"I just feel bad for Mac and Bavasi. Such great baseball guys, to see tham go like that...it's not their fault. It;s the players' fault. We all have to realize and understand that. Thet are not the ones playing. I know they're the ones putting the team together, but if you don't come to play hard and play to win every day, what do you think is going to happen?''
July 11, 2008 11:53 AM
Posted by Geoff Baker
Just arrived in Kansas City. Spent the night in Houston just to get a little bit closer to here in order to not have to wake up at 4 a.m. to get here by 4 p.m. Not a while lot of direct flights here, across the two time zones, that fit with our needs and schedule. So, I opted to fly to Houston, arrive there at midnight and get a good night's sleep before the two-hour hop-over to here. But I made that flight to Houston last night with about 10 minutes to spare, thanks to the ninth-inning collapse by the Mariners in Oakland. The quick version is, I wrote my game story on the train from Oakland to San Francisco, which had the night's last flight out to Houston leaving at 6:25 p.m. It's an hour train ride from Oakland to SFO Airport (longer if you drive in rush hour traffic). It's a quarter-mile walk to the train station with luggage. Needless to say, I didn't have time to draw you up any colorful stat boxes.
Anyway, remember a couple of days ago, when we discussed the M's need to get a bidding war started over Erik Bedard? Well, let the bidding begin. First off, it looks like the career of St. Louis Cardinals pitcher Mark Mulder, one of the Big Three from the Oakland A's heyday earlier this decade, is done. With that pitching loss, Cards manager Tony LaRussa is hitting the panic button and putting some public pressure on his GM to do something.
Doing something could mean getting into a bidding war with the Philadelphia Phillies over Bedard.
But here's the catch. New Cards GM John Mozeliak has already said he isn't going to make reactionary moves. Well, that stance is going to feel pressure as the days tick by towards the July 31 trade deadline.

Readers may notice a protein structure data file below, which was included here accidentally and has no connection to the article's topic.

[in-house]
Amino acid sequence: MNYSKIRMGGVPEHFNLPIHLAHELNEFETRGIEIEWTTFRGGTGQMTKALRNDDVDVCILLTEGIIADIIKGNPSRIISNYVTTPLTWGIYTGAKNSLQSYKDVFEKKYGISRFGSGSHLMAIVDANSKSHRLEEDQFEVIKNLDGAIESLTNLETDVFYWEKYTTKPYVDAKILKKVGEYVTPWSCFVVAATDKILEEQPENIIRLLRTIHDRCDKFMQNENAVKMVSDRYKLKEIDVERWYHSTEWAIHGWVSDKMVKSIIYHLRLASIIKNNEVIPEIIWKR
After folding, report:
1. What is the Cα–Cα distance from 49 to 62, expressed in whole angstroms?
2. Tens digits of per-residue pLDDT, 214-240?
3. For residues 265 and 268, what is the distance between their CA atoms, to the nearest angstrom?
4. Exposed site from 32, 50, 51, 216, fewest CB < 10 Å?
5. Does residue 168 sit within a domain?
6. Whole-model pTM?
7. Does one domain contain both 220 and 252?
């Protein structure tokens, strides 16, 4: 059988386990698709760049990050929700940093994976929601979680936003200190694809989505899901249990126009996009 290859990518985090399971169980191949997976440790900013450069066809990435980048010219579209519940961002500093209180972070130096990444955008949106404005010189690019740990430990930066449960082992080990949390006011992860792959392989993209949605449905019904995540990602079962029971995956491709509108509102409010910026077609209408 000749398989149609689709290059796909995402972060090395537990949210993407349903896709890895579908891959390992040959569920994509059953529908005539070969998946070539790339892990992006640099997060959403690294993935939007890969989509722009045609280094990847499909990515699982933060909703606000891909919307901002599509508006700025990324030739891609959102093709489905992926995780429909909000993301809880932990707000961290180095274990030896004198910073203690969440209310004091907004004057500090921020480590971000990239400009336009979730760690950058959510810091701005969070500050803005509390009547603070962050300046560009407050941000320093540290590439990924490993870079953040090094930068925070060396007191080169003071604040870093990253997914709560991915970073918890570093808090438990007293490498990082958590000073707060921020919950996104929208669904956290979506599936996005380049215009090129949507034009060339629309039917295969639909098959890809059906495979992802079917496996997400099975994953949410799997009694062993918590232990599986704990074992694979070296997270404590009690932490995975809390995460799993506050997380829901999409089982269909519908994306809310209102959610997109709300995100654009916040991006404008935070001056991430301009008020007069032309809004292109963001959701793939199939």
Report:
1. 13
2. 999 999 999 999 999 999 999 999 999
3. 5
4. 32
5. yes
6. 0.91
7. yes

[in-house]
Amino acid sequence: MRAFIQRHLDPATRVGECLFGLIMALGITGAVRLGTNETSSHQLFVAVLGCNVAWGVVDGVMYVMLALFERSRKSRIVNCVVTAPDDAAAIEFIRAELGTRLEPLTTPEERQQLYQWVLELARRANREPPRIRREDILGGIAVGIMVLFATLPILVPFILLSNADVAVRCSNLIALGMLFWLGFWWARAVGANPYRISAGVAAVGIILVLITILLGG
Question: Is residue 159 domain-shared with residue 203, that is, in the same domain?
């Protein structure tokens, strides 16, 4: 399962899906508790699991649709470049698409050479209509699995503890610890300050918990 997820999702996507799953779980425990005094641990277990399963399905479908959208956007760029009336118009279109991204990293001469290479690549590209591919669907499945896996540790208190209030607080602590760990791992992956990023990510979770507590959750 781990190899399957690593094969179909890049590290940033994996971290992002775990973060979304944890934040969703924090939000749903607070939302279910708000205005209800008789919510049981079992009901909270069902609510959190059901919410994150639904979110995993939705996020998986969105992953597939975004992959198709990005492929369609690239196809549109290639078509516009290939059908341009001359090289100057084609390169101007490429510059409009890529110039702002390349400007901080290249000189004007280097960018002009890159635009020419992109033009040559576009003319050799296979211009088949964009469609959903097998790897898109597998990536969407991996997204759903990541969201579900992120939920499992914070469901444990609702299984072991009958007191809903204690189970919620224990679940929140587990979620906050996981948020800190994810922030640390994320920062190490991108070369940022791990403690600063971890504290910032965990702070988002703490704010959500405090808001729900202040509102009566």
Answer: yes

There is a trend by newer GMs, especially those committed to rebuilding from within, to resist the temptation to spend big bucks on free agents or do mega-deals at the deadline. Hey, after seeing what just happened to the Mariners after going all-in on Bedard, who can blame them?
But it's one thing to talk tough. Quite another to do it and watch as your team loses games in the nights leading up to the deadline.
We're seeing a kind of similar thing take place in Tampa Bay, where Rays GM Andrew Friedman keeps insisting he isn't in a hurry to give up tons of talent to bring in arms that can help his staggering bullpen.
It will be interesting to keep an eye on both situations and see what happens next. Not only from a Mariners perspective. But just insofar as how it relates to what GMs do going forward. If the Cards don't add an arm and fall out of the race, or if the Rays keep blowing late leads and eventually squander their division advantage, it could provide a lesson to future GMs. That there may be such a thing as being too cautious, too focused on the future at the expense of the present.
Conversely, if the Cards can hold out until some injured arms return in August, and should the Rays manage to make the playoffs while not giving away any of their core of young prospects, it could send the lesson in the other direction. That maybe holding off and not making the July 31 trade deadline into an annual circus really is the smartest way to go.
There is, of course, a third way. That would be for the Rays to hold off now, miss the playoffs, then make the playoffs again and again. Or contend for several years down the road.
That third route is laden with risk. For one, you need a patient fan base, an owner willing to stand behind you and wait and a future that unfolds the way you see it. There are no dynasties left in baseball. Maybe a handful of teams that make the playoffs year after year, yes, but even they are not guaranteed to make the post-season on a continuous basis.
It's a risk. And it's not your job, or mine, at stake.
That's why this year's deadline should be particularly interesting to follow. Even after it's come and gone.